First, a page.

by Sara Brzuszkiewicz
In September 2018, the first branch of al-Azhar outside Egypt will open in El-Ain. This is an unprecedented move that is likely to generate a number of positive consequences in the joint fight against radicalization.
Furthermore, it fosters the ongoing commitment to create a closer cooperation between the Gulf and a major center of non-radical Islam.
In a few months, the United Arab Emirates will have the first branch of Egypt’s al-Azhar University. The agreement was signed two years ago by Grand Imam of al-Azhar, Dr. Ahmad al-Tayyeb, and Dr. Mohammad Mattar al-Kaabi, Chairman of the General Authority of Islamic Affairs and Endowments (GAIAE) of the UAE.
The choice made by the Emirates follows another significant step in the cooperation in the field of higher education made by King Salman last year.
In 2016, Saudi Arabia laid the foundation stone of the Beouth Islamic City in Egypt, which includes a dormitory for up to 30,000 students, at the al-Azhar University in Cairo, after KSA had also given funds to Egypt for the restoration work at the mosque and university. Interestingly, during the same visit to Egypt, King Salman met Pope Tawadros, and the symbolic relevance of this interfaith encounter is clear. Indeed, as Abdallah Hamidaddin stated after the meeting, it promised to represent the starting point of a renewed effort to cooperate against radicalism, since it is in the fractures within the Islamic world that radicalization flourishes. In a similar vein, many commentators highlighted that the King’s visit was not simply a routine protocol event, but a choice with a fundamental symbolism for the promotion of tolerance and mutual respect. Moreover, as Mohammed el-Haddad noted, the visit implied recognition of the fact that promoting these values falls primarily within the duties of the governments of the region before those of civil societies.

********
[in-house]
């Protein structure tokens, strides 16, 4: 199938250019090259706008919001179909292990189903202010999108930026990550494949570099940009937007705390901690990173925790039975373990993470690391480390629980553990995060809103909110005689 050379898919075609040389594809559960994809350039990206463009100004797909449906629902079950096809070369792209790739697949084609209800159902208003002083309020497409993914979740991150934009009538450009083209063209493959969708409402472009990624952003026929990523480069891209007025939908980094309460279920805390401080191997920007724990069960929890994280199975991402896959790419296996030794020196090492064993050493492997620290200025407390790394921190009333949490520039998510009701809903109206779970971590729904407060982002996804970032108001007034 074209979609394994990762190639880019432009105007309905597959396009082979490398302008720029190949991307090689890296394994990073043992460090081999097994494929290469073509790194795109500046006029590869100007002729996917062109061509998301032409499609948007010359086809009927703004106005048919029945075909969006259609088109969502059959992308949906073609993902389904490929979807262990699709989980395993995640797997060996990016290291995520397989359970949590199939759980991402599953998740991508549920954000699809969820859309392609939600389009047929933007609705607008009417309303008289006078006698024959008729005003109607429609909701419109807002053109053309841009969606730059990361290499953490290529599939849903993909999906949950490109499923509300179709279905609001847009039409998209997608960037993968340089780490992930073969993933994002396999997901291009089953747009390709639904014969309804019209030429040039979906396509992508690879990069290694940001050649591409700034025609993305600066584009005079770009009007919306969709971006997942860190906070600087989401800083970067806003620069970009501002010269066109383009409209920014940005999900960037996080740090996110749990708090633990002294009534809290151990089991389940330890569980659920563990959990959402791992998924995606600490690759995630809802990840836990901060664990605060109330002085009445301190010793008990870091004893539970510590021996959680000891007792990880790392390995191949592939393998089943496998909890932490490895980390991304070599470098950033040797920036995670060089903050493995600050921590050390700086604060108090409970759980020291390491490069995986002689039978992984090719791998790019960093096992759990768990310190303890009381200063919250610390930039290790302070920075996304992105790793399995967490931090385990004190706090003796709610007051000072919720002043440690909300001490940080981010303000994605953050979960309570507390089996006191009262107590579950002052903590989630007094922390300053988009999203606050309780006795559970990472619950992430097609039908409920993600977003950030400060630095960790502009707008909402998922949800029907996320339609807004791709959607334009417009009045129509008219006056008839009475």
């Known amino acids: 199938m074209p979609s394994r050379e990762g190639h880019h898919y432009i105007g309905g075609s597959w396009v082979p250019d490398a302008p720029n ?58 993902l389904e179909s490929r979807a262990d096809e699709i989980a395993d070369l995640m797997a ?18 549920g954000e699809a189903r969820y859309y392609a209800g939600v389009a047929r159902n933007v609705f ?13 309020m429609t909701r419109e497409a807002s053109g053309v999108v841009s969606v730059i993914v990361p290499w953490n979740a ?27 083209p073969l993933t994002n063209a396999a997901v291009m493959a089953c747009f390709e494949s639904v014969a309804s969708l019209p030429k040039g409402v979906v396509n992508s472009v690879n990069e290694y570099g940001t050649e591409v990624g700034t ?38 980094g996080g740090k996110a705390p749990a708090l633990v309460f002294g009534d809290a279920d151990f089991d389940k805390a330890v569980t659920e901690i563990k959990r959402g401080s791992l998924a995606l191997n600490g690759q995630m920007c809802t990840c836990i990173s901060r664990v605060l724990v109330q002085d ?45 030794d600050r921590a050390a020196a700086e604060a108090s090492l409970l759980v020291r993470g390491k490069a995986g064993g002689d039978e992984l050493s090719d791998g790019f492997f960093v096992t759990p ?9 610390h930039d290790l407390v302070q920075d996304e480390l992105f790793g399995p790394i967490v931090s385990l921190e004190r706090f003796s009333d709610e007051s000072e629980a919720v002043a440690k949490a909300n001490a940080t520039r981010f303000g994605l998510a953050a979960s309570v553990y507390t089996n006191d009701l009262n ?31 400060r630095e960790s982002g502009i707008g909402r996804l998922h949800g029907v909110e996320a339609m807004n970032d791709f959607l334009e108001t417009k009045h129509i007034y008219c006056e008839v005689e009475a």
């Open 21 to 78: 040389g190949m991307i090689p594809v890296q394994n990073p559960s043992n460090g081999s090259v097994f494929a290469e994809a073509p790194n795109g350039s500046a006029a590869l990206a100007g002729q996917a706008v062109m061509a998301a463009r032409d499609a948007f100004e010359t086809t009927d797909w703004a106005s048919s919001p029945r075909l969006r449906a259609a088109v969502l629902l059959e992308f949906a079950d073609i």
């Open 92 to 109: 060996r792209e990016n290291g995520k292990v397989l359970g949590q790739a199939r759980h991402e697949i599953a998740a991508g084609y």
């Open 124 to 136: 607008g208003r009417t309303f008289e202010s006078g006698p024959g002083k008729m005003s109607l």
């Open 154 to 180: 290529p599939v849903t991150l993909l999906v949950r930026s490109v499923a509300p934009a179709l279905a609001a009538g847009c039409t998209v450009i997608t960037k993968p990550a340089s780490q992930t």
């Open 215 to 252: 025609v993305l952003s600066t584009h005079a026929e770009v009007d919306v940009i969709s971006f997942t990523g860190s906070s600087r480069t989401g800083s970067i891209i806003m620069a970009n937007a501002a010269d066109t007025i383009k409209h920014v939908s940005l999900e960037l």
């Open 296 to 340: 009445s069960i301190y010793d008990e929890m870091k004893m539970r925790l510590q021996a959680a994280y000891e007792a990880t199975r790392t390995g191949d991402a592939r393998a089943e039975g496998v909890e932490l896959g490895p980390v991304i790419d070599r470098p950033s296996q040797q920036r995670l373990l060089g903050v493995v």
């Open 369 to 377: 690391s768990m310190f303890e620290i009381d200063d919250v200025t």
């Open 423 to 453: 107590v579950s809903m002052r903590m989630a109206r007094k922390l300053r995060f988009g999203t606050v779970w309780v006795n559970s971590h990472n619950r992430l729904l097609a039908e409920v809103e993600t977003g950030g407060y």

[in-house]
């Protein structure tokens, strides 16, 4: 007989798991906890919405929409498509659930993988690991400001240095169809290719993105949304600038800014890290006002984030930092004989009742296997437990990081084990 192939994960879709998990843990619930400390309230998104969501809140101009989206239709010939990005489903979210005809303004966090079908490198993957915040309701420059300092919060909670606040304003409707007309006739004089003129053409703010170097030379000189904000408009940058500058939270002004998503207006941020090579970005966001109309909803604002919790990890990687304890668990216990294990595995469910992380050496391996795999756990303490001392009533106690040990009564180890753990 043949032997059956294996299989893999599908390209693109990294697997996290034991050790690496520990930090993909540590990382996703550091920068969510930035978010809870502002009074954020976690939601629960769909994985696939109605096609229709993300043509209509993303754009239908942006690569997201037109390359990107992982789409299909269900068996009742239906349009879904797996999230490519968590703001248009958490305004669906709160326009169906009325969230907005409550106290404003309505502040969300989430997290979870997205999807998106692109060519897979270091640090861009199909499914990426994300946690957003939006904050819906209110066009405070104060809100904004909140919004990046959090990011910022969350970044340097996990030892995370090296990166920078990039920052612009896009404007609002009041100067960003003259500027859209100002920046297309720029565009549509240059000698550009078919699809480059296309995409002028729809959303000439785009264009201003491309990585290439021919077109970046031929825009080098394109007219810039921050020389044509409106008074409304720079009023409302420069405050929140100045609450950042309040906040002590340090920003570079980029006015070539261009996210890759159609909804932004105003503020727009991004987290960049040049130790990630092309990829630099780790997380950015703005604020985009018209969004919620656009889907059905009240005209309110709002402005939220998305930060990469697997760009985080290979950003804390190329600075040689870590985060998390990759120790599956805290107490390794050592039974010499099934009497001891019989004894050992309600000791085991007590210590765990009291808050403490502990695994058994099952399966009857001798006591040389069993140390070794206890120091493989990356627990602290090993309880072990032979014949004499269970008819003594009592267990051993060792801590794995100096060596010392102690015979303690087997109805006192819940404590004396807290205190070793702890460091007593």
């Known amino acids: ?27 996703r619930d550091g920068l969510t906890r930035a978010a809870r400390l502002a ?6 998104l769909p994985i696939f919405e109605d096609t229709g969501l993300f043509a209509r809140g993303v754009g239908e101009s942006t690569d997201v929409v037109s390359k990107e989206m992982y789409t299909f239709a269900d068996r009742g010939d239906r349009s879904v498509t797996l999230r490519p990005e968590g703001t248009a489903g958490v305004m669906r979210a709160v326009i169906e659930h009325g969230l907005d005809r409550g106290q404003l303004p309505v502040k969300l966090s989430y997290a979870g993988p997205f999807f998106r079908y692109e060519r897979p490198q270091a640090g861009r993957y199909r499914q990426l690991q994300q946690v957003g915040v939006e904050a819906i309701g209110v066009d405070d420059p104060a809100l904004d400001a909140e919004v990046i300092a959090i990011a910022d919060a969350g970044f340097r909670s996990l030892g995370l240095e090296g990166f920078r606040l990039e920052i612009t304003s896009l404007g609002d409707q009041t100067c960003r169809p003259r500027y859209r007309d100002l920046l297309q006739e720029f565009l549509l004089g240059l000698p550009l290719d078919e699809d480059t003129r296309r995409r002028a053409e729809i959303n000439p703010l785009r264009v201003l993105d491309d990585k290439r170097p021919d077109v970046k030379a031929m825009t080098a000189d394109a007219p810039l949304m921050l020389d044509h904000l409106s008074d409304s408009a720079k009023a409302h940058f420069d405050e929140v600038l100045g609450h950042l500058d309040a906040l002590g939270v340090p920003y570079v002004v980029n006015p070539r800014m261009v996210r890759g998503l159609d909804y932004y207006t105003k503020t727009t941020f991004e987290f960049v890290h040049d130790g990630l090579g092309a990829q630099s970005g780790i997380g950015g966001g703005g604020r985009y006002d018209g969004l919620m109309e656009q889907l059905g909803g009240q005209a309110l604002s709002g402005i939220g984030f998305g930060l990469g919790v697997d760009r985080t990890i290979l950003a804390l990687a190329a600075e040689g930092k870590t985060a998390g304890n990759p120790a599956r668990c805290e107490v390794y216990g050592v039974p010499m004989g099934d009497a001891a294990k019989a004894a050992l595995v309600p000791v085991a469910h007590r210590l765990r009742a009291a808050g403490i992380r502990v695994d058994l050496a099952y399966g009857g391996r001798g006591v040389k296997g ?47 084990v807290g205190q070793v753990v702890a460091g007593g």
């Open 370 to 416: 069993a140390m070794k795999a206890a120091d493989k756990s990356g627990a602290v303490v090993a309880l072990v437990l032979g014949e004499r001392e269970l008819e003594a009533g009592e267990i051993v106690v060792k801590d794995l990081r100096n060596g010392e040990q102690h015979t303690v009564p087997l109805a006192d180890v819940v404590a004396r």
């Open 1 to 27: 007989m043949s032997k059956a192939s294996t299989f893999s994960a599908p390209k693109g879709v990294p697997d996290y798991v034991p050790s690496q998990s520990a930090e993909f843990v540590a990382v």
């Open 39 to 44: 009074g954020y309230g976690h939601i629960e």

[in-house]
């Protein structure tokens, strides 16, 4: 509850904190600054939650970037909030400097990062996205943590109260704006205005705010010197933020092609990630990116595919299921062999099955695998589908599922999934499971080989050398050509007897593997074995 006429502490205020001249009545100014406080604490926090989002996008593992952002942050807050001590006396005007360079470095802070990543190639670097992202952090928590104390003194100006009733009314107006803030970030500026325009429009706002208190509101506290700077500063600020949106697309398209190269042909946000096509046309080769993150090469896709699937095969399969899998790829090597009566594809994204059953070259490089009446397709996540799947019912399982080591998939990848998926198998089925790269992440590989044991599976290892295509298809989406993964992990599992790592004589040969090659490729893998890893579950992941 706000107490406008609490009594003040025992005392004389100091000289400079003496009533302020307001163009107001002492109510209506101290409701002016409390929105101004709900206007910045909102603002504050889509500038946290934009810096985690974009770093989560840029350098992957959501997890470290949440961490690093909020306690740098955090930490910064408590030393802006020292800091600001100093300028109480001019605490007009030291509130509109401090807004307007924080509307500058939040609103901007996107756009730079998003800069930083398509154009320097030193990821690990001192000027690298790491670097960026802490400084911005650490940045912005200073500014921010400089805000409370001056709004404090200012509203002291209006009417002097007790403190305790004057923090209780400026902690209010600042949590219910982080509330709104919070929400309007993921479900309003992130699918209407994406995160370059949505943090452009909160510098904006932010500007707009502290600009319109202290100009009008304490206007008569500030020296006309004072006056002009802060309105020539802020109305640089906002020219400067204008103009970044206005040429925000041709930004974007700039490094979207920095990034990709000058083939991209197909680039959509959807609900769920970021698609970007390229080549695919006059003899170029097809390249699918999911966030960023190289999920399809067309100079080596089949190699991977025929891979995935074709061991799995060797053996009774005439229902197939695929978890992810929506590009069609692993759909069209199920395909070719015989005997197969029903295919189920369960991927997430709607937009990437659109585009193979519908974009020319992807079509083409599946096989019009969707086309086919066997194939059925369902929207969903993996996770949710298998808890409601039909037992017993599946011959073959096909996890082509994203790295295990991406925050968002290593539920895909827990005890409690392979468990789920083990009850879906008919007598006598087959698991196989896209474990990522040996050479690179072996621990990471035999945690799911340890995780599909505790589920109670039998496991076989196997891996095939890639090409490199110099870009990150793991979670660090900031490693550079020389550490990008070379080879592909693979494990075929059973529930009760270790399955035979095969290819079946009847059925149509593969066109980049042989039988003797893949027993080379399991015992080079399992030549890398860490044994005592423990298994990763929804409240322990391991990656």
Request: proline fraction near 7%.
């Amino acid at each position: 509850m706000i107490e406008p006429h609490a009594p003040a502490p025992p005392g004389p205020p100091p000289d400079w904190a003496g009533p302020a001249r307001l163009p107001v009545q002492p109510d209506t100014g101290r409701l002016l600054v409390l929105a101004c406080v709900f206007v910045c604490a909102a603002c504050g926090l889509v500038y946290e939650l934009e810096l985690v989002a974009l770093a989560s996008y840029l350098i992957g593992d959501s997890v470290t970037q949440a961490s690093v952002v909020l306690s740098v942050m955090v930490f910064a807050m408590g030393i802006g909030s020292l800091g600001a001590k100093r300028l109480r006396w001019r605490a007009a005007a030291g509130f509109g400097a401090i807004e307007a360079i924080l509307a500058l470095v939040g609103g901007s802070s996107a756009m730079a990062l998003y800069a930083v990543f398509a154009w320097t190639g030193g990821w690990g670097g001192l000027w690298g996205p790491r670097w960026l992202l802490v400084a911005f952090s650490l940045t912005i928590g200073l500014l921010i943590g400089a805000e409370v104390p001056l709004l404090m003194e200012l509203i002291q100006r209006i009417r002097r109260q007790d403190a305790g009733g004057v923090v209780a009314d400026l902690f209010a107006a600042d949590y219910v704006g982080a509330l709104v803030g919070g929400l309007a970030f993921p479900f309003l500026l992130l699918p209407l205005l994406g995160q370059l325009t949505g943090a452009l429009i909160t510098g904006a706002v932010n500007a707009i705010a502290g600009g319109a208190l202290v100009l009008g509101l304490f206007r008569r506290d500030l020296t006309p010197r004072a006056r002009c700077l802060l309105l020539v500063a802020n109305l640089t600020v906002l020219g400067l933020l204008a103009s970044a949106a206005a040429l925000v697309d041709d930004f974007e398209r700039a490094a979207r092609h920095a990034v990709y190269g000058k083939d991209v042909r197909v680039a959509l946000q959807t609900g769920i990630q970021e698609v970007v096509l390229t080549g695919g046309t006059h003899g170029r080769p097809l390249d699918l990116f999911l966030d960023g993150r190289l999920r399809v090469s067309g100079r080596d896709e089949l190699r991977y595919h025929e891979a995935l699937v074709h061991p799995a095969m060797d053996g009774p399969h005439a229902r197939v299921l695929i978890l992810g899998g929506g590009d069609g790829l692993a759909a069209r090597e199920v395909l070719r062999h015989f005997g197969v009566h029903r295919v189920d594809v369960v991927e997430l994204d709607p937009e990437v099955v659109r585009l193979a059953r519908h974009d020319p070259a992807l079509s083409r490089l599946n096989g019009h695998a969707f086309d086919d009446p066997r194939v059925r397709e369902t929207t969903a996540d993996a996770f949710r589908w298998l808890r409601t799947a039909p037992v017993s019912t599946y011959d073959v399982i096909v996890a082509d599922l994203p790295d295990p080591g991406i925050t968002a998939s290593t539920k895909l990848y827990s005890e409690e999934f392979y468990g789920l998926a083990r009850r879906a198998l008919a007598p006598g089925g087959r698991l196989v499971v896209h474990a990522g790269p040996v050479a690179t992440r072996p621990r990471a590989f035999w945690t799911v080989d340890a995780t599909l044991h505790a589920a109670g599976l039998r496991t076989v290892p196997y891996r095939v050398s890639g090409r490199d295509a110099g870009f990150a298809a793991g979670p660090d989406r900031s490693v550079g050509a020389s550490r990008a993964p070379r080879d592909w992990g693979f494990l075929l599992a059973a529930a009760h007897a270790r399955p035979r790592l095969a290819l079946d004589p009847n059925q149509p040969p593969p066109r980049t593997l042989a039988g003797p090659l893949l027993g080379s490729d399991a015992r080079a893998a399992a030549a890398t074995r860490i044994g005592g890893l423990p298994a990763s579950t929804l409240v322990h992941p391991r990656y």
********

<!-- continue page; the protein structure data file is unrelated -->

Another fundamental consequence of an increased effort in improving the quality of al-Azhar students’ daily life is that, by so doing, states are more able to snatch this leverage from the hands of radical Islamists, and this is something that can be easily learned from the recent past.
Indeed, during the seventies and eighties, in Egyptian university campuses, dormitories, and mosques, radicalized students succeeded in creating so-called Islamized spaces, in which local groups enforced their version of religious values over the other students. Since the conditions of the Egyptian educational system and infrastructure were challenging and burdensome and the number of students rose from less than two hundred thousand in 1970 to more than half a million in 1977, the radicalized groups easily subverted the discourse by exploiting the state’s failure to provide basic services —creating swift solutions to fill the gaps left by the national institutions. For example, Islamist student associations started to create their own bus services for students, give free private lessons, and print cheap copies of books for exams. Inevitably, their tangible actions and narrative started to appeal to a large number of students, thus making university campuses an ideal breeding ground for radicalization.
Improving students’ living conditions may be a first step toward reversing this trend, and enhancing the relationship with al-Azhar seems to be the best starting point for the implementation of more effective approaches. Finally, this move might represent an effective inducement for encouraging the Sunni Egyptian institution to undertake a gradual process of change and renovation.
Indeed, being more exposed in the region and in the Gulf might lead al-Azhar to reconsider a number of unresolved issues. First of all, the internal fragmentation: in such a big institution, it is normal to have scholars with different opinions. However, while al-Azhar is thought to be a center of moderate Islam, some of its members are in favor of female genital mutilation, some are sympathetic with the Brotherhood, and also a number of them opposed the 2015 government’s decision to begin to standardize Friday sermons, a move designed to undercut radicalization.
Undoubtedly, it is premature to evaluate the real impact of the next move — the opening of an al-Azhar branch in the UAE. Nonetheless, this step is likely to continue on the same path as the visit of the Saudi king in Egypt, pursuing the twofold goals of fostering tolerance and mutual respect within Islam and towards other religions, and creating a further barrier against radicalism through higher education.
Sara Brzuszkiewicz is a researcher at Al-Mesbar Center for Research and Studies.